“It’s June, and you’re suggesting I sow sunflowers?” You know what, I’ve even had them flowering well from sowing in July. OK, it was July 2, but still.

But there’s two things to keep in mind. Firstly, don’t put your faith in a June sowing of ‘Titan’, which can reach 3m, or ‘Kong’, which can grow even taller. These need an early sowing. Secondly, give them a good start, keep them growing strongly and never allow them to get dry. And there are also two approaches getting them going.

You can sow them outside, in the border or even in a container, where they’re going to flower. The advantages are that you don’t need any special equipment and they never suffer any root disturbance so grow steadily. The disadvantages are that you may have to plant them between other plants which soon overshadow them and that they feed the slugs.

I favour sowing individual seeds in 7.5cm pots of fresh new compost and keeping them in a cold greenhouse with the tomatoes – full ventilation. Or in a sunny and cosy place outside. Be sure to set mousetraps, I’ve already learned the hard way this season that mouse traps are essential.

When the the roots are emerging from the pot, plant them outside, stake them with a slender cane and water them in well with tomato feed in the water.

Whatever your approach, water them every week with tomato food and watch them grow – and then watch them flower. And the varieties to try? I tried it with ‘Solar Flash’ and ‘Teddy Bear’ but I’d say that ‘Choco Sun’, ‘Little Leo’,‘Santa Lucia’, and perhaps even ‘Garden Statement’ would be worth a try.

Take a look at all the Mr F sunflowers, and choose for yourself.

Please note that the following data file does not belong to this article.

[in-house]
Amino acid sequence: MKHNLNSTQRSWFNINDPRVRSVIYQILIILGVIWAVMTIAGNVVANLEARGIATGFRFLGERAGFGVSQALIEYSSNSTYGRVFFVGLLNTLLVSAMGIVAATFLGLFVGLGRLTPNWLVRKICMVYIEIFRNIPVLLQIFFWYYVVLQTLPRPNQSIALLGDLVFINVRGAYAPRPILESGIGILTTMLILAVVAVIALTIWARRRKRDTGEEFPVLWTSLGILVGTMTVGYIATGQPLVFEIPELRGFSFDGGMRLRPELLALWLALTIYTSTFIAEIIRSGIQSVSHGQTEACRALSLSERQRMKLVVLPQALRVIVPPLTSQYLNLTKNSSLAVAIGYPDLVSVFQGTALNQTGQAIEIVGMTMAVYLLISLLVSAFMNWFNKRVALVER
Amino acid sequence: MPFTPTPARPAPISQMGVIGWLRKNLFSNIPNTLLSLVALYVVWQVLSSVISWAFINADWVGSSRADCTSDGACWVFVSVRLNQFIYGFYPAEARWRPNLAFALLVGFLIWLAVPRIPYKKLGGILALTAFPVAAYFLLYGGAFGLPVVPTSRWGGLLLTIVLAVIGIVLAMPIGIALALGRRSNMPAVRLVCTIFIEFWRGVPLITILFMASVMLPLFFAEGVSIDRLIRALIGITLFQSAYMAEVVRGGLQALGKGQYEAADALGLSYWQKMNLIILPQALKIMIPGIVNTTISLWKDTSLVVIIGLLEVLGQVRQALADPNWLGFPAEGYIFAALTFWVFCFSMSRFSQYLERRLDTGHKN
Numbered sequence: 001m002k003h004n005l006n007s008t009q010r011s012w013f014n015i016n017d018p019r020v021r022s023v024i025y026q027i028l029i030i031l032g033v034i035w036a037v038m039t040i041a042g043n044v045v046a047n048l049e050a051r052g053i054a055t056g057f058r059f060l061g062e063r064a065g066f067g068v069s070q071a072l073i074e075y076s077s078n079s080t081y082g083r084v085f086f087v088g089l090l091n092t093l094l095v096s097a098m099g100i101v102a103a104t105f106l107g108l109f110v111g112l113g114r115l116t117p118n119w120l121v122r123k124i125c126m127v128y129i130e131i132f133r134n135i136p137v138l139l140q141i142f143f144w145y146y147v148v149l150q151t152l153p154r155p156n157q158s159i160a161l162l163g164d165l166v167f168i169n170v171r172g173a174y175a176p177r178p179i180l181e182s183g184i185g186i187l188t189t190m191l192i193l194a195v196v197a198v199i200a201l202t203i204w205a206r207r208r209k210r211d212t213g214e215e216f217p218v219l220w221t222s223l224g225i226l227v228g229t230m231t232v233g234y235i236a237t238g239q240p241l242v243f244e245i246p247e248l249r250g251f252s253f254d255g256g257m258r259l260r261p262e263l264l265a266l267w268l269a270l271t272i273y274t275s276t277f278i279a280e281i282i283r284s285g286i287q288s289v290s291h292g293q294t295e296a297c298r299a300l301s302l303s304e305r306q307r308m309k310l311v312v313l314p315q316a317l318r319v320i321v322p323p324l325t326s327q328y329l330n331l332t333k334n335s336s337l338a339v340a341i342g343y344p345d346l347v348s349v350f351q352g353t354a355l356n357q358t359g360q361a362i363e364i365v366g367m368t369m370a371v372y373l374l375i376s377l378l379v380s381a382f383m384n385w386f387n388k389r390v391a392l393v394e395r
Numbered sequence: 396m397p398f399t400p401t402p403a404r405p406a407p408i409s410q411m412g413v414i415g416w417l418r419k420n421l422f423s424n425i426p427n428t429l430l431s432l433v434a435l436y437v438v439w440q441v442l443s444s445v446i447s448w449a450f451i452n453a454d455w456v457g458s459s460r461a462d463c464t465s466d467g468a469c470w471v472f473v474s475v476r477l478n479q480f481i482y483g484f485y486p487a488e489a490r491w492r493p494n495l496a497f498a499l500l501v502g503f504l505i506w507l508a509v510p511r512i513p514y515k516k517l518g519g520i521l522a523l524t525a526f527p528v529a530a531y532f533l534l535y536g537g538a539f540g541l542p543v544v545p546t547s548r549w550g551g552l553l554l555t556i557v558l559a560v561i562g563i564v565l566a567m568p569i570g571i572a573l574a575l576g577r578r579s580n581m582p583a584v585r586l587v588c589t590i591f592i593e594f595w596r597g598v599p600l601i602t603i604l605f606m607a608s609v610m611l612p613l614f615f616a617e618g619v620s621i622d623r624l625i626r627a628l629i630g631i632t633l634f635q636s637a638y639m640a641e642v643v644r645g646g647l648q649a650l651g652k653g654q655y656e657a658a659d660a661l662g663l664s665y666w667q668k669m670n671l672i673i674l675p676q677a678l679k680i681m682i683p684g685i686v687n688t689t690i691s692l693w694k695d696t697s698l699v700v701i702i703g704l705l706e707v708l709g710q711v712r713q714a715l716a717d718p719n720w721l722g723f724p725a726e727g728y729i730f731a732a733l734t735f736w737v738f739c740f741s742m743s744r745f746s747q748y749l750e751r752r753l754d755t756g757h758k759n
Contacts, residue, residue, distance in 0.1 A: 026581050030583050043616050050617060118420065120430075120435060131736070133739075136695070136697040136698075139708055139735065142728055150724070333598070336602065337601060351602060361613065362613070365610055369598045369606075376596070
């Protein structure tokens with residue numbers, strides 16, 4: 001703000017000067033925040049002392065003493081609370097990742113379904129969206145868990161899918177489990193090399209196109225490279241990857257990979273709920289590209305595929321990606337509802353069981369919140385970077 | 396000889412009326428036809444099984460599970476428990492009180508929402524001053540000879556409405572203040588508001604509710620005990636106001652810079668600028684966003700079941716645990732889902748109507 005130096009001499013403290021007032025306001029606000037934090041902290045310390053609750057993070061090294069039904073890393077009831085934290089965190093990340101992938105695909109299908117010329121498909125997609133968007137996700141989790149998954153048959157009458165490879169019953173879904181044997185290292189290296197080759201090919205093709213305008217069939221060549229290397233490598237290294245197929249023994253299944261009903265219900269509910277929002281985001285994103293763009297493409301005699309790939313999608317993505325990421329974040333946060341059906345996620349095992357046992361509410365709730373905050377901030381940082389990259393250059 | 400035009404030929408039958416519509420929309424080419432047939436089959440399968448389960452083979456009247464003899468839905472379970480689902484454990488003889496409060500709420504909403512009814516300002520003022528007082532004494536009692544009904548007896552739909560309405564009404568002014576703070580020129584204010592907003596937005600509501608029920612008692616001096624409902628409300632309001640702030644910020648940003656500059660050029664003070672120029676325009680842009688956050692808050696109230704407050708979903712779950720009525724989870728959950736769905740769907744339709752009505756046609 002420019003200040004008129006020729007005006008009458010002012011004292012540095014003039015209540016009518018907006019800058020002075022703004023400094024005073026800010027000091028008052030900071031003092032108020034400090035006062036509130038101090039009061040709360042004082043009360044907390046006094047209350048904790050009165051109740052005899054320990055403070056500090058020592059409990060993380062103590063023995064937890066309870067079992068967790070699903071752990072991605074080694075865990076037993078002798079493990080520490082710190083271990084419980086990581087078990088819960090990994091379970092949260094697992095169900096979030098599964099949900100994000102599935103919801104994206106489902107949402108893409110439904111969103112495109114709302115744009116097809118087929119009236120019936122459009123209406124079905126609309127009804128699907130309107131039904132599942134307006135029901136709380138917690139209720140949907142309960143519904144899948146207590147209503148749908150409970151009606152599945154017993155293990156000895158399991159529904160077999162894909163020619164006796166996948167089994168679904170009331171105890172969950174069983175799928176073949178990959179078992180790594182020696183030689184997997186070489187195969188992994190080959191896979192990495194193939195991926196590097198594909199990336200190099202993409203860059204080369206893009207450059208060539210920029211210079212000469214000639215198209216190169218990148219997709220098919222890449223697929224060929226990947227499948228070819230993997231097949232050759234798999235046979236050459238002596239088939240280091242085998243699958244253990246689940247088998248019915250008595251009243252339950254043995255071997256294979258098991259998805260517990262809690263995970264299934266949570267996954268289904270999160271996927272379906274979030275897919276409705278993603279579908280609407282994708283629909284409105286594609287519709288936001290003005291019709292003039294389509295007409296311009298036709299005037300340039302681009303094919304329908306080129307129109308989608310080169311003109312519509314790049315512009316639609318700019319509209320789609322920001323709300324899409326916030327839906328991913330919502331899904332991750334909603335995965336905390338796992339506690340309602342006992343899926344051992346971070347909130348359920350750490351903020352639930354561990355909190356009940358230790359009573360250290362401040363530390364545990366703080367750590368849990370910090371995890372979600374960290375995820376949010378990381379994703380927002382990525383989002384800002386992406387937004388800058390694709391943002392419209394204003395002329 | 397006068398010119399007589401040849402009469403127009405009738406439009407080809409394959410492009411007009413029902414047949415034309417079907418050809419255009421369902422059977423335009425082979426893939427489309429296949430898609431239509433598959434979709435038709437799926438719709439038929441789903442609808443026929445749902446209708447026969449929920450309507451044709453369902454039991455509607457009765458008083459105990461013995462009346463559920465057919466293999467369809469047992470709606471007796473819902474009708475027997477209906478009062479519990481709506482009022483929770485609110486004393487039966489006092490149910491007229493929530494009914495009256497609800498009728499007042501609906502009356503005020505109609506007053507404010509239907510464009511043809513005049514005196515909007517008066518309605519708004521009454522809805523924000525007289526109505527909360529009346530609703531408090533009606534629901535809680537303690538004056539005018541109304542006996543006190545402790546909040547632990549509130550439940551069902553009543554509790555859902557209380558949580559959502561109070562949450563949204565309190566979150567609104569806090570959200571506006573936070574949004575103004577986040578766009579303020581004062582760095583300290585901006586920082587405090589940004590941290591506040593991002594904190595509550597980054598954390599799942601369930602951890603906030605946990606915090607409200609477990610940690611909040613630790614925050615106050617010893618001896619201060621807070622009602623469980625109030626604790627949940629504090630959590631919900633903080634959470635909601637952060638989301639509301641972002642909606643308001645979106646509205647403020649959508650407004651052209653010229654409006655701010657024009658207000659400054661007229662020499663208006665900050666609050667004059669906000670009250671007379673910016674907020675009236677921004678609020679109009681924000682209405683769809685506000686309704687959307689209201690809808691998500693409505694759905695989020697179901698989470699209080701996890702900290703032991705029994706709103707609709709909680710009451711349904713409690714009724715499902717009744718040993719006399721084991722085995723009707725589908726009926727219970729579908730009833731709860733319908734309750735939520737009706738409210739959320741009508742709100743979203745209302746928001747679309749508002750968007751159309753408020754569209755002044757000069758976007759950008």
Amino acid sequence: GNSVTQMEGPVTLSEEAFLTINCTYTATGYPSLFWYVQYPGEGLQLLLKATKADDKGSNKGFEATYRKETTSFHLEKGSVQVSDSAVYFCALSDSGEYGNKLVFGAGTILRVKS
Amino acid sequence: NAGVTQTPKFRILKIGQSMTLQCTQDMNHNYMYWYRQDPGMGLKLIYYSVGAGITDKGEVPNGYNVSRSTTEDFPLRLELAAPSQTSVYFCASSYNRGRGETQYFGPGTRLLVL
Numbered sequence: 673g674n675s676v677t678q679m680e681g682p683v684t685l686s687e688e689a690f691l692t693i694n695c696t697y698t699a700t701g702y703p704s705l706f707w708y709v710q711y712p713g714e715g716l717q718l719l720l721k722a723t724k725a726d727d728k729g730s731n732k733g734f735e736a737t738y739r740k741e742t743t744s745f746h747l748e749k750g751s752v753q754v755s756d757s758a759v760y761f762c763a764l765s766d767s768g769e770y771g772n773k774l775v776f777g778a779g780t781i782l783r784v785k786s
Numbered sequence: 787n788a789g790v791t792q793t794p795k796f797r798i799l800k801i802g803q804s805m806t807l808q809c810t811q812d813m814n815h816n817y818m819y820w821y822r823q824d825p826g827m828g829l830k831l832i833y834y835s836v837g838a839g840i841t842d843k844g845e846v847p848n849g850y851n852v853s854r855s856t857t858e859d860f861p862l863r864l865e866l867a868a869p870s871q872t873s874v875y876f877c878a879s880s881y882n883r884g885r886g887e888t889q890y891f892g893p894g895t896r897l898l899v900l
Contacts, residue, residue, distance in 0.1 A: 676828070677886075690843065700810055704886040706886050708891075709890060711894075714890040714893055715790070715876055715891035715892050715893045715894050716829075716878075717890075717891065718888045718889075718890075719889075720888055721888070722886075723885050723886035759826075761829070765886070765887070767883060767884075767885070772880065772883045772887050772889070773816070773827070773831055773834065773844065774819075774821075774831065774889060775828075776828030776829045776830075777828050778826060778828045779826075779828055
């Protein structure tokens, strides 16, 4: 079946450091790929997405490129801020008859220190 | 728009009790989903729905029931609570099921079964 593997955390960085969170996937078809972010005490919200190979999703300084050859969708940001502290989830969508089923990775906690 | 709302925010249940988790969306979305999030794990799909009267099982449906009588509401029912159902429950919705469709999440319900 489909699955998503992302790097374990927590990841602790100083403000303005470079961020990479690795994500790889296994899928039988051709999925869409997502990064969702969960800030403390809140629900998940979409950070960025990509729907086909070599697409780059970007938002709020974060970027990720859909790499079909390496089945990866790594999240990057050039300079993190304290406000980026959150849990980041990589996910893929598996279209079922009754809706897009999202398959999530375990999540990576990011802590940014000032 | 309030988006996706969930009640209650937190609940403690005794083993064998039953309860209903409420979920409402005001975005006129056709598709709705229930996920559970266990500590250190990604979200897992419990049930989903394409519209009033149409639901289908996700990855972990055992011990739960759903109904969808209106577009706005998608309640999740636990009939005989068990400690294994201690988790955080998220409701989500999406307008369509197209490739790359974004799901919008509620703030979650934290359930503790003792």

RHS Award Winners: Super Sunflowers

January 19th, 2018 | Plant Talk with Graham Rice | 0 Comments

Sunflower ' Valentine' Image © GardenPhotos.com

Isn’t it a treat to have sunflowers in the garden? And the varieties that come on the market are getting better and better, with new colours, sturdy growth and better branching – the days of stems taller than you are with one flower on the top are long gone.

Last year I grew two that are included in the new RHS range from Mr F, although I had to be careful. The previous autumn I’d left the heads for the finches but they missed some of the seeds so I had self sown seedlings popping up all over the place. And the question then, of course, is this: which are the unpredictable self sown seedlings and which are the seedlings of the carefully chosen varieties I actually wanted to grow.

This year I’m going to solve the problem by raising my chosen sunflowers in 9cm pots in the cold greenhouse, sowing in late March or April. At the same time I’ll be ruthlessly removing any self sown seedlings that pop up in the garden. Then, when I plant my seedlings in May, there’ll be no doubt about which are the sunflowers I really want.

And I’ll be growing two RHS award winners. ‘Claret’ is a lovely deep red, with brighter petal tips and with an almost black centre. When it was grown in the RHS trial the judges summarised its qualities like this: “very dark reddish brown; very good foliage, nice dark stems; flowered well over long period; good cut flower”.

The other AGM winner I’ll again be growing is ‘Valentine’, with dark-eyed flowers in a lovely soft primrose shade. The RHS judges reported: “striking dark centre with pale yellow rays; excellent cut flower, basal branching”.

Apart from removing self sown seedlings, the other lesson from last year was to support them well. A head-high sunflower can be weighed down by summer storms and fall into the plants around it. So support them well with stout stakes set behind the plants so they’re hidden by the fat sunflower stems. Just remember to tie them in as they grow.